Receiver initiated Load sharing process initiated by a lightly loaded node –Transfer Policy: Threshold based. –Selection Policy: Can be anything –Location Policy: Receiver selects upto N nodes and polls them, transferring task from the first sender. If none are found, wait for a predetermined time, check load and try again –Information Policy –Stability: At high loads, few polls needed since senders easy to find. At low loads, more polls but not a problem. However, transfers will tend to be preemptive.
Symmetric Algorithms –Simple idea – combine the previous two. One works well at high loads, the other at low loads. –Above Average Algorithm: Keep load within a range Transfer Policy: maintain 2 thresholds equidistant from average. Nodes with load > upper are senders, Nodes with load < lower are receivers. Location Policy: Sender Initiated: –Sender broadcasts “toohigh” message and sets up toohigh alarm –Receiver getting toohigh message replies with accept, cancels its toolow alarm, starts an awaitingtask alarm, and increments load value –Sender which gets accept message will transfer task as appropriate. If it gets toolow message, it responds with a toohigh to the sender. –If no accept has been received within timeout, send out changeaverage message.
Location Policy: Receiver Initiated –A receiver broadcasts a toolow message and sets toolow alarm. –Upon receiving toohigh message, do as in sender initiated –If toolow alarm expires, send changeaverage message Selection Policy Information Policy is demand driven, and has low overhead. Each node can change the range individually.
Adaptive Algorithms Stable Symmetric Algorithm. –Use information gathered during polling to change behaviour. Start by assuming that everyone is a receiver. –Transfer Policy: Range based with Uppper and Lower Threshold –Location Policy: Sender Initiated component polls node at head of receiver list. Depending on answer, either a task is transferred or node moved to OK or sender list. Same thing happens at the receiving end. Receiver initiated component polls senders list in order, OK list and receivers list in reverse order. Nodes are moved in and out of lists at sender and receiver. –Selection Policy – any, Information Policy – Demand driven –At high loads, receiver lists get empty preventing future polling and “deactivating” sender component. At low loads, receiver initiated polling is deactivated, but not before updating receiver lists. –Read Section 11.7, 11.8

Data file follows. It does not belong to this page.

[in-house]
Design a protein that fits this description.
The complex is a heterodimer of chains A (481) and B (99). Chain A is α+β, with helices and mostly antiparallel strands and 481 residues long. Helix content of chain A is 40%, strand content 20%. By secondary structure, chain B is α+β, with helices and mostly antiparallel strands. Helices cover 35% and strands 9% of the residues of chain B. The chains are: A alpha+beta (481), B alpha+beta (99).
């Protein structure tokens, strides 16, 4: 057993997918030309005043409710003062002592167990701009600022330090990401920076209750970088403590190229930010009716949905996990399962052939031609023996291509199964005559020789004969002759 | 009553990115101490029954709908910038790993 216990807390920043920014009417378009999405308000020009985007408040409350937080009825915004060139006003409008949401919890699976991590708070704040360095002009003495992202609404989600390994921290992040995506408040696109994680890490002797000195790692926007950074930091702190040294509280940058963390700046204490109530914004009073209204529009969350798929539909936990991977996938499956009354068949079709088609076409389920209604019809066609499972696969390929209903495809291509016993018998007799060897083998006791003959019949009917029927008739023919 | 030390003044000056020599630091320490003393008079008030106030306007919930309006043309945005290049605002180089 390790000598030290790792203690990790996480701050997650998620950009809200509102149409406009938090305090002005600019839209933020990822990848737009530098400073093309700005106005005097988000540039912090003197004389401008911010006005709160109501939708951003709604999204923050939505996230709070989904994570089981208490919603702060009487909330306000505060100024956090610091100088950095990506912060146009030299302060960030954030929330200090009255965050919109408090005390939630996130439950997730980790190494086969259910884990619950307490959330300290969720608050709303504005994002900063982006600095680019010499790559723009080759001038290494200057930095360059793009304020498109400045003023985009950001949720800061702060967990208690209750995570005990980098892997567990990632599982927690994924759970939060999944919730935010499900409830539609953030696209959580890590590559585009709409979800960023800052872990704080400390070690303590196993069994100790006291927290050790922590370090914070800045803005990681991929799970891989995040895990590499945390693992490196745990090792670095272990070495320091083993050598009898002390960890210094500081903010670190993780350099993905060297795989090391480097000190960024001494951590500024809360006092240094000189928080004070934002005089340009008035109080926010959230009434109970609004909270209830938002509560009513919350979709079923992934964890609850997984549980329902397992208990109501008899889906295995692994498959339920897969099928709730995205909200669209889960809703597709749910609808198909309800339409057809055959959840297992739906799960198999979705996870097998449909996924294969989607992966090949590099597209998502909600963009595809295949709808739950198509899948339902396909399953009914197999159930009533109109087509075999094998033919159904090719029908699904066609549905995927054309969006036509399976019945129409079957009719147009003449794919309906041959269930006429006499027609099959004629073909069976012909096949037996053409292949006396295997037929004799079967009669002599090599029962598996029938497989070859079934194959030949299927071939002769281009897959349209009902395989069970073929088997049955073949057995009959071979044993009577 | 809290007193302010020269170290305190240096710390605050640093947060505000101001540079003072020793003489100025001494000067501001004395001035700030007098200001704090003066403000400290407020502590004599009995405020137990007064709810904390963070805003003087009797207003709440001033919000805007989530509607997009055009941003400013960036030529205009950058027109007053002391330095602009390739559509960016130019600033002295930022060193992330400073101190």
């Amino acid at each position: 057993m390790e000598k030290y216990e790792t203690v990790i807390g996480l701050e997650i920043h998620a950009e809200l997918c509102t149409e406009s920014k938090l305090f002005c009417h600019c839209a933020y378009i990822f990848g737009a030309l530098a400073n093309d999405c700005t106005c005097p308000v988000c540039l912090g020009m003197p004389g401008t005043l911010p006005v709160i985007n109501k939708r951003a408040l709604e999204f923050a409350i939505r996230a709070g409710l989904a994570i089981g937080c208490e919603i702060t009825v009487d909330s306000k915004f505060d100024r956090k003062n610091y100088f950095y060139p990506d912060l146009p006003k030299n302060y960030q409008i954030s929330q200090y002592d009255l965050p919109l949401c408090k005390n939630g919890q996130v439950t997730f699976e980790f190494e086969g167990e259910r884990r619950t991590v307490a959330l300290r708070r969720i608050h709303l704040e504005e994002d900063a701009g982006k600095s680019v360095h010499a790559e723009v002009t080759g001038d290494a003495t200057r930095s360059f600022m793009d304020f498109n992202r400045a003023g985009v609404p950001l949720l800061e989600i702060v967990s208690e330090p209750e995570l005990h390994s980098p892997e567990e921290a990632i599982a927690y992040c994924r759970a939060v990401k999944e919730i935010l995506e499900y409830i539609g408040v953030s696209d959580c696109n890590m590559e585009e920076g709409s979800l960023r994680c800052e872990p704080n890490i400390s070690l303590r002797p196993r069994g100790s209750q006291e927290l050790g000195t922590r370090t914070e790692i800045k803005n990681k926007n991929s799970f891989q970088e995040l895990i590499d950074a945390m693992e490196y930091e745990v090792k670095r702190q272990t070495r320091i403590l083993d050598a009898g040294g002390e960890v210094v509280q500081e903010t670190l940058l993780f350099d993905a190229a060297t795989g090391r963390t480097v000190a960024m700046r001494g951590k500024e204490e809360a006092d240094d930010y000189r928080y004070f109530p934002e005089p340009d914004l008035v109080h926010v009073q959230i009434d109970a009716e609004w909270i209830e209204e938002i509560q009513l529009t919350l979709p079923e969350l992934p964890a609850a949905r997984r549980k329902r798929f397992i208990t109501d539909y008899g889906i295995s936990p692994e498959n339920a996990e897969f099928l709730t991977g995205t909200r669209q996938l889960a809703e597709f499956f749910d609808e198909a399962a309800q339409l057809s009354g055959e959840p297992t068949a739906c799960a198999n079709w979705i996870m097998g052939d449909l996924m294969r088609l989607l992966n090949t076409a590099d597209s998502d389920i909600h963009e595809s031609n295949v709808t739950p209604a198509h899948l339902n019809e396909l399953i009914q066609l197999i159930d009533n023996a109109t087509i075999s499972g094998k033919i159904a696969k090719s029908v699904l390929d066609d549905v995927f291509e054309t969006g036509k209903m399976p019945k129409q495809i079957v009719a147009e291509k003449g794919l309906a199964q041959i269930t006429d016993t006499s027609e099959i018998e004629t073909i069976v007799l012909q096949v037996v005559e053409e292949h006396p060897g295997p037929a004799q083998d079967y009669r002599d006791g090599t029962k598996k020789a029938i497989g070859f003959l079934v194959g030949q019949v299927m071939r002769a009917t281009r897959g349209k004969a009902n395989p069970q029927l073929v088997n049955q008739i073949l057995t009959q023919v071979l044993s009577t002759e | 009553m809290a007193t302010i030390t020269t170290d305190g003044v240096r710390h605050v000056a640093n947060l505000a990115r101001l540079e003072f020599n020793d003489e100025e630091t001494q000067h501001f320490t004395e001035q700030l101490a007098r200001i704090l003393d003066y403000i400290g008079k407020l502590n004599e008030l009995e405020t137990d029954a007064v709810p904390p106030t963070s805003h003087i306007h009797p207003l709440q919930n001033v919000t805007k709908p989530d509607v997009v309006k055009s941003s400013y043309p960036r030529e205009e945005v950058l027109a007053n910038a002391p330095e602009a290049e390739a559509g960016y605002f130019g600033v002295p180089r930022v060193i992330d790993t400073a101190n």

Requirements for load distribution Scalability Location Transparency Determinism Preemption Heterogeniety
Case Studies V System –Measure system parameters and broadcast. Each node caches “n best” nodes to migrate a job to. When it gets a new job, checks if it is in “ n best” else migrate to one of the others Sprite –Receivers notify coordinator of status. Sender selects jobs manually. Preemptive transfers to provide “console user” with best service. Task Migration Issues –Policy mechanism separation, state transfer and restarts, location transparency, performance issues.